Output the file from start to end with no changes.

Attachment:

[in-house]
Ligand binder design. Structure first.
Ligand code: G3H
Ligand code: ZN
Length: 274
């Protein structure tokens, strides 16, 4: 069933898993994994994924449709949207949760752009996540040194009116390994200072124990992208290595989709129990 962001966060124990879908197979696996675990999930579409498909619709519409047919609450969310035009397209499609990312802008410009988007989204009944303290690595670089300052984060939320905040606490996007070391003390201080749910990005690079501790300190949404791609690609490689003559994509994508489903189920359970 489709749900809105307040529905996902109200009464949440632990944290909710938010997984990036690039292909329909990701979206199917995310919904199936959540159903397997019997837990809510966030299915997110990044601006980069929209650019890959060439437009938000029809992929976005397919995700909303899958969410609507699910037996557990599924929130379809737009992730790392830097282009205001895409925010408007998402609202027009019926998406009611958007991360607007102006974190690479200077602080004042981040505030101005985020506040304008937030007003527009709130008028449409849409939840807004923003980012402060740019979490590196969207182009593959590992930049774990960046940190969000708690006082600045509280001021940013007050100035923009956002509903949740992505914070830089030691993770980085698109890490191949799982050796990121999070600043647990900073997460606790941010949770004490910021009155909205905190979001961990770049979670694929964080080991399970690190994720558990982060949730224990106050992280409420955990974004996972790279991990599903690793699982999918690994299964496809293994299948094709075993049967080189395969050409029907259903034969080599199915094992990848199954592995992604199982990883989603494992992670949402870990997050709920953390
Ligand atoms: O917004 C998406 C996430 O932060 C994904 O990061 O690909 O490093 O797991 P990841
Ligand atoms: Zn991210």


[in-house]
Ligand binder design. Structure first.
Ligand code: G3H
Ligand code: ZN
Length: 274
């Protein structure tokens, strides 16, 4: 069933898993994994994924449709949207949760752009996540040194009116390994200072124990992208290595989709129990 962001966060124990879908197979696996675990999930579409498909619709519409047919609450969310035009397209499609990312802008410009988007989204009944303290690595670089300052984060939320905040606490996007070391003390201080749910990005690079501790300190949404791609690609490689003559994509994508489903189920359970 489709749900809105307040529905996902109200009464949440632990944290909710938010997984990036690039292909329909990701979206199917995310919904199936959540159903397997019997837990809510966030299915997110990044601006980069929209650019890959060439437009938000029809992929976005397919995700909303899958969410609507699910037996557990599924929130379809737009992730790392830097282009205001895409925010408007998402609202027009019926998406009611958007991360607007102006974190690479200077602080004042981040505030101005985020506040304008937030007003527009709130008028449409849409939840807004923003980012402060740019979490590196969207182009593959590992930049774990960046940190969000708690006082600045509280001021940013007050100035923009956002509903949740992505914070830089030691993770980085698109890490191949799982050796990121999070600043647990900073997460606790941010949770004490910021009155909205905190979001961990770049979670694929964080080991399970690190994720558990982060949730224990106050992280409420955990974004996972790279991990599903690793699982999918690994299964496809293994299948094709075993049967080189395969050409029907259903034969080599199915094992990848199954592995992604199982990883989603494992992670949402870990997050709920953390
Ligand atoms: O917004 C998406 C996430 O932060 C994904 O990061 O690909 O490093 O797991 P990841
Ligand atoms: Zn991210």